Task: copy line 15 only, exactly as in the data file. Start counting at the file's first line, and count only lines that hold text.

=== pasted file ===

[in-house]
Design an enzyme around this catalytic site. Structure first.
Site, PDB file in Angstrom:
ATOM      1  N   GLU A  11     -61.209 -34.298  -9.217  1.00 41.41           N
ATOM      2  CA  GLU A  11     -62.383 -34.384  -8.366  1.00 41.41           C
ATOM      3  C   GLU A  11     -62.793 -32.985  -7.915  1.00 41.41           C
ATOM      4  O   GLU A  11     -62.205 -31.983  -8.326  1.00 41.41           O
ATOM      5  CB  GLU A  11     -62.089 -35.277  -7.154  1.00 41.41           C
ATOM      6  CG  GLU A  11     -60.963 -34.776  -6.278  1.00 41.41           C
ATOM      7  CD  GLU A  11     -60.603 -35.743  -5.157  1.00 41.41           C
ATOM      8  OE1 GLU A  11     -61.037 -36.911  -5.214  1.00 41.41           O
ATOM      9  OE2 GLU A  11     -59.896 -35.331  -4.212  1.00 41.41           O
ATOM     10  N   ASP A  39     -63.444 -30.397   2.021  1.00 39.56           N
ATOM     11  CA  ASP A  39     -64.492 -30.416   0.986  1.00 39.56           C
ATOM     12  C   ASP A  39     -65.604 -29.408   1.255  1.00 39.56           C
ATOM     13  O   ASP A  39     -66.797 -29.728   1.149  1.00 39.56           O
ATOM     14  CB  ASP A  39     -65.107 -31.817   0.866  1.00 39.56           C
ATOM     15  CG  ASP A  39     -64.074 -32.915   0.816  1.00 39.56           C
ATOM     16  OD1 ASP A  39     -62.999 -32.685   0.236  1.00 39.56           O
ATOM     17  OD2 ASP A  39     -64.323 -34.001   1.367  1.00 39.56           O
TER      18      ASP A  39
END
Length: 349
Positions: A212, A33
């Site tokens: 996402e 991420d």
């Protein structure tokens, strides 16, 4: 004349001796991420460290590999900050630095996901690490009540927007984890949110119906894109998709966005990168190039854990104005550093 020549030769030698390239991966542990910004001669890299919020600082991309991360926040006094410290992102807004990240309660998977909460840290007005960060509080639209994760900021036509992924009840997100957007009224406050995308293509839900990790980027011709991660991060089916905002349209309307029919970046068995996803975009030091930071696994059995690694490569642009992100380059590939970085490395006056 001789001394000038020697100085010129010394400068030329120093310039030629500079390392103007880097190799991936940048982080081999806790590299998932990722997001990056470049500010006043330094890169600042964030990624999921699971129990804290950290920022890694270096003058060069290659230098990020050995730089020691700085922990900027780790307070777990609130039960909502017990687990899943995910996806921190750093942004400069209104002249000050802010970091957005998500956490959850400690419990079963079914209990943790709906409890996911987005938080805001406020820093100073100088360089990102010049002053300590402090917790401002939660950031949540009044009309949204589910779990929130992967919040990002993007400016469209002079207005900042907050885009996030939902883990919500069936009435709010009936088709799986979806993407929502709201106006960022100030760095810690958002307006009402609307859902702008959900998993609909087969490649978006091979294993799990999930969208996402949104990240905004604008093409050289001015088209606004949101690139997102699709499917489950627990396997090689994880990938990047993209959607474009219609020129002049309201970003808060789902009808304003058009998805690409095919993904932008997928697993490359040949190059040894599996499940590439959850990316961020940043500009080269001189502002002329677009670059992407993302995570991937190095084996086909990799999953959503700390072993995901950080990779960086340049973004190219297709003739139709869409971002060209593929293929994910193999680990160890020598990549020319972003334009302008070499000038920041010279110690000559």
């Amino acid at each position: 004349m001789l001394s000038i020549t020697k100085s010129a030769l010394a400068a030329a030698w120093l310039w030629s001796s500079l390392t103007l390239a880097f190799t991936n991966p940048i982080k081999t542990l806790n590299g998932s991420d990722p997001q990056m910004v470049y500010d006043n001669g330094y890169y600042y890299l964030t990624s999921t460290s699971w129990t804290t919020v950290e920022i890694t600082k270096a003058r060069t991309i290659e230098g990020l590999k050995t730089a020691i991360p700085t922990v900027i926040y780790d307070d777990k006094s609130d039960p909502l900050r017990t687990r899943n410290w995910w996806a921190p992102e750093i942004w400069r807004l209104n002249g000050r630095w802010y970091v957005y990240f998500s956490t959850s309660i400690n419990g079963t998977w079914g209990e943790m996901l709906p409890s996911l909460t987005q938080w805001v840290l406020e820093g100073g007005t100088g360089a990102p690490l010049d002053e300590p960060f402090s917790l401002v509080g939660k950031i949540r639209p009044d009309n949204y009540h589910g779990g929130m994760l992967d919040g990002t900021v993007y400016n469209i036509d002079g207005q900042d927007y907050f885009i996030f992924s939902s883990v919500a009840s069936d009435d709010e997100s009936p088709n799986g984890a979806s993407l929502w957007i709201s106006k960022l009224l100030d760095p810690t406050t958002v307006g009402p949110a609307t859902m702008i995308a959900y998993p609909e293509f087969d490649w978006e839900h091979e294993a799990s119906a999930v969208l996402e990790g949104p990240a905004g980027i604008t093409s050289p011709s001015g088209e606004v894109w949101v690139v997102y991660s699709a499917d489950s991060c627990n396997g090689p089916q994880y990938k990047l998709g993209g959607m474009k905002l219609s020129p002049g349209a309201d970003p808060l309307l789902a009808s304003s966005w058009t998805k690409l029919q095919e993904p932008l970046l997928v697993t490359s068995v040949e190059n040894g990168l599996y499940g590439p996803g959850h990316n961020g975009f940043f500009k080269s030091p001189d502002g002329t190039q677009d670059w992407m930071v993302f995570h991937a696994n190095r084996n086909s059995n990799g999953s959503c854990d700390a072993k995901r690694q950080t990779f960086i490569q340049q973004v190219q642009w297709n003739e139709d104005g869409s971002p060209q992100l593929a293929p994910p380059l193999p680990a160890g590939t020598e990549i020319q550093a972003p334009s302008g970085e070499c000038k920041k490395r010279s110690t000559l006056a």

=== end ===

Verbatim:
ATOM     12  C   ASP A  39     -65.604 -29.408   1.255  1.00 39.56           C